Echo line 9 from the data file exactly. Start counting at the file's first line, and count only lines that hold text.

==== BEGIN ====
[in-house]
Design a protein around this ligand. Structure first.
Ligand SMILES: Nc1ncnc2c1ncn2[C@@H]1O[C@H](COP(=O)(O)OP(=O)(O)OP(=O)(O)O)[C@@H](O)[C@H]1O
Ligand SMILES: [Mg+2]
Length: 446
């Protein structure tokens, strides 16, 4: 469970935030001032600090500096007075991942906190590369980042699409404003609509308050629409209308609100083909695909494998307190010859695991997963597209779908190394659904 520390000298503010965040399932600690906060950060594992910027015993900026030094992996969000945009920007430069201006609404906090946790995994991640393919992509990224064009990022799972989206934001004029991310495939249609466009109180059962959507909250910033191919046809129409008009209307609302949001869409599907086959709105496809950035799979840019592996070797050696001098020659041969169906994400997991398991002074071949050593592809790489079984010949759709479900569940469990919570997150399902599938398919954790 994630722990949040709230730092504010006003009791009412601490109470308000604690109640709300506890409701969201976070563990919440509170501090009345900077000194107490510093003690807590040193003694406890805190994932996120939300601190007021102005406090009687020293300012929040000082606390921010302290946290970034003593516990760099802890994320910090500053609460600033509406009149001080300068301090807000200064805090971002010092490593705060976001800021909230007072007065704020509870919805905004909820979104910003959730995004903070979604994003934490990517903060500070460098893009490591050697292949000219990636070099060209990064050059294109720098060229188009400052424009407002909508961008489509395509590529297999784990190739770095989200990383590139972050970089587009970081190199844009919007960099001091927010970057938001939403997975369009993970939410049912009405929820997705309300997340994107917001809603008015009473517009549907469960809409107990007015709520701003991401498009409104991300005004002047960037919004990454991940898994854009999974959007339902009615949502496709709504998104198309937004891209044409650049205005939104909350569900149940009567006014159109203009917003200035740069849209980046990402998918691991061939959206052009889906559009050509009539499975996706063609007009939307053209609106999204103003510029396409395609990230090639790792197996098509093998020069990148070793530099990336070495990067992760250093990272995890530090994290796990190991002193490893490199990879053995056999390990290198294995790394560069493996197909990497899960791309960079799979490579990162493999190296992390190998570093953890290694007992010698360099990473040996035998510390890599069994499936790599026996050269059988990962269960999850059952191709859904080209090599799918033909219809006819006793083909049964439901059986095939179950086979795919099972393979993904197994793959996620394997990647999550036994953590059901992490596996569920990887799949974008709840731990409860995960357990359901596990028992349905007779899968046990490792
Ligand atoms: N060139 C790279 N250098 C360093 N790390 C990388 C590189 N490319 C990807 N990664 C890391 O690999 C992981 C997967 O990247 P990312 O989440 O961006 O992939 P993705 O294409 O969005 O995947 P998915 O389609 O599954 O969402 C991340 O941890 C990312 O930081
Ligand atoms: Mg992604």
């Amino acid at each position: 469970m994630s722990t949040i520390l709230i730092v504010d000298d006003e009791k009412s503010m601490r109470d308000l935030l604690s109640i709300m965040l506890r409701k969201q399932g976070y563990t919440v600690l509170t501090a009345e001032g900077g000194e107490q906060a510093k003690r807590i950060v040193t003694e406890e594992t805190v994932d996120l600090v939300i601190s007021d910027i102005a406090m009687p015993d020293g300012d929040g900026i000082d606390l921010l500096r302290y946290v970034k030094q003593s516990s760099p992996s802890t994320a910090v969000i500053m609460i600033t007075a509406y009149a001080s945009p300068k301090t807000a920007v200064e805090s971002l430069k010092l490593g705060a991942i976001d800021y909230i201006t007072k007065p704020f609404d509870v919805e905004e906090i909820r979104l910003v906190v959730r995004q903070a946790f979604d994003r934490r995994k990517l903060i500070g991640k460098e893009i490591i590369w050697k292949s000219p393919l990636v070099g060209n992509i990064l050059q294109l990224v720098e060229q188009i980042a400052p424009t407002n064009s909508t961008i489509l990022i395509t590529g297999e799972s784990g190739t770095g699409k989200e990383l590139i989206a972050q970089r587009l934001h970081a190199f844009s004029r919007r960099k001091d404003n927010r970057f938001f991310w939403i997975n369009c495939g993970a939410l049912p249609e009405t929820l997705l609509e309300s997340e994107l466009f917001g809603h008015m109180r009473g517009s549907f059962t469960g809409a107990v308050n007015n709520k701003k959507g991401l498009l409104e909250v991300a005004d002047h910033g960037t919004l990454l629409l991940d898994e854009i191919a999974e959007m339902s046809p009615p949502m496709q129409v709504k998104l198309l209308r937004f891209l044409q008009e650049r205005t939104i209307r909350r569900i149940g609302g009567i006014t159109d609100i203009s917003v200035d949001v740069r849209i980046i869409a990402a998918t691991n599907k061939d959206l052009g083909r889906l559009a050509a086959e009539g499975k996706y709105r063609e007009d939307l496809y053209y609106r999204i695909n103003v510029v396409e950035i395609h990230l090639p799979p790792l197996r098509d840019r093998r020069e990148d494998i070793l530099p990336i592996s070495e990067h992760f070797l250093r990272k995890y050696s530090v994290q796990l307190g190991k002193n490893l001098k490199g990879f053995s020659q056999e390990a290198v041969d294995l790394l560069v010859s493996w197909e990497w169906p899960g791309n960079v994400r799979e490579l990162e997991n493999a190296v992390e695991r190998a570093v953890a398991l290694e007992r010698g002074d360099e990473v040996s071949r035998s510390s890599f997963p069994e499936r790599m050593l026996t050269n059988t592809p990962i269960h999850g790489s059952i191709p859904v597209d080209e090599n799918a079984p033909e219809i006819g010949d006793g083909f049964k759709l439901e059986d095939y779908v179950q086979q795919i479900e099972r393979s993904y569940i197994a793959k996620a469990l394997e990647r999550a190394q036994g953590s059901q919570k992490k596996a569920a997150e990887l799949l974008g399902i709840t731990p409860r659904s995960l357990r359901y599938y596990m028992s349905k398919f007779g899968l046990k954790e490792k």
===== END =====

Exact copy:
């Amino acid at each position: 469970m994630s722990t949040i520390l709230i730092v504010d000298d006003e009791k009412s503010m601490r109470d308000l935030l604690s109640i709300m965040l506890r409701k969201q399932g976070y563990t919440v600690l509170t501090a009345e001032g900077g000194e107490q906060a510093k003690r807590i950060v040193t003694e406890e594992t805190v994932d996120l600090v939300i601190s007021d910027i102005a406090m009687p015993d020293g300012d929040g900026i000082d606390l921010l500096r302290y946290v970034k030094q003593s516990s760099p992996s802890t994320a910090v969000i500053m609460i600033t007075a509406y009149a001080s945009p300068k301090t807000a920007v200064e805090s971002l430069k010092l490593g705060a991942i976001d800021y909230i201006t007072k007065p704020f609404d509870v919805e905004e906090i909820r979104l910003v906190v959730r995004q903070a946790f979604d994003r934490r995994k990517l903060i500070g991640k460098e893009i490591i590369w050697k292949s000219p393919l990636v070099g060209n992509i990064l050059q294109l990224v720098e060229q188009i980042a400052p424009t407002n064009s909508t961008i489509l990022i395509t590529g297999e799972s784990g190739t770095g699409k989200e990383l590139i989206a972050q970089r587009l934001h970081a190199f844009s004029r919007r960099k001091d404003n927010r970057f938001f991310w939403i997975n369009c495939g993970a939410l049912p249609e009405t929820l997705l609509e309300s997340e994107l466009f917001g809603h008015m109180r009473g517009s549907f059962t469960g809409a107990v308050n007015n709520k701003k959507g991401l498009l409104e909250v991300a005004d002047h910033g960037t919004l990454l629409l991940d898994e854009i191919a999974e959007m339902s046809p009615p949502m496709q129409v709504k998104l198309l209308r937004f891209l044409q008009e650049r205005t939104i209307r909350r569900i149940g609302g009567i006014t159109d609100i203009s917003v200035d949001v740069r849209i980046i869409a990402a998918t691991n599907k061939d959206l052009g083909r889906l559009a050509a086959e009539g499975k996706y709105r063609e007009d939307l496809y053209y609106r999204i695909n103003v510029v396409e950035i395609h990230l090639p799979p790792l197996r098509d840019r093998r020069e990148d494998i070793l530099p990336i592996s070495e990067h992760f070797l250093r990272k995890y050696s530090v994290q796990l307190g190991k002193n490893l001098k490199g990879f053995s020659q056999e390990a290198v041969d294995l790394l560069v010859s493996w197909e990497w169906p899960g791309n960079v994400r799979e490579l990162e997991n493999a190296v992390e695991r190998a570093v953890a398991l290694e007992r010698g002074d360099e990473v040996s071949r035998s510390s890599f997963p069994e499936r790599m050593l026996t050269n059988t592809p990962i269960h999850g790489s059952i191709p859904v597209d080209e090599n799918a079984p033909e219809i006819g010949d006793g083909f049964k759709l439901e059986d095939y779908v179950q086979q795919i479900e099972r393979s993904y569940i197994a793959k996620a469990l394997e990647r999550a190394q036994g953590s059901q919570k992490k596996a569920a997150e990887l799949l974008g399902i709840t731990p409860r659904s995960l357990r359901y599938y596990m028992s349905k398919f007779g899968l046990k954790e490792k």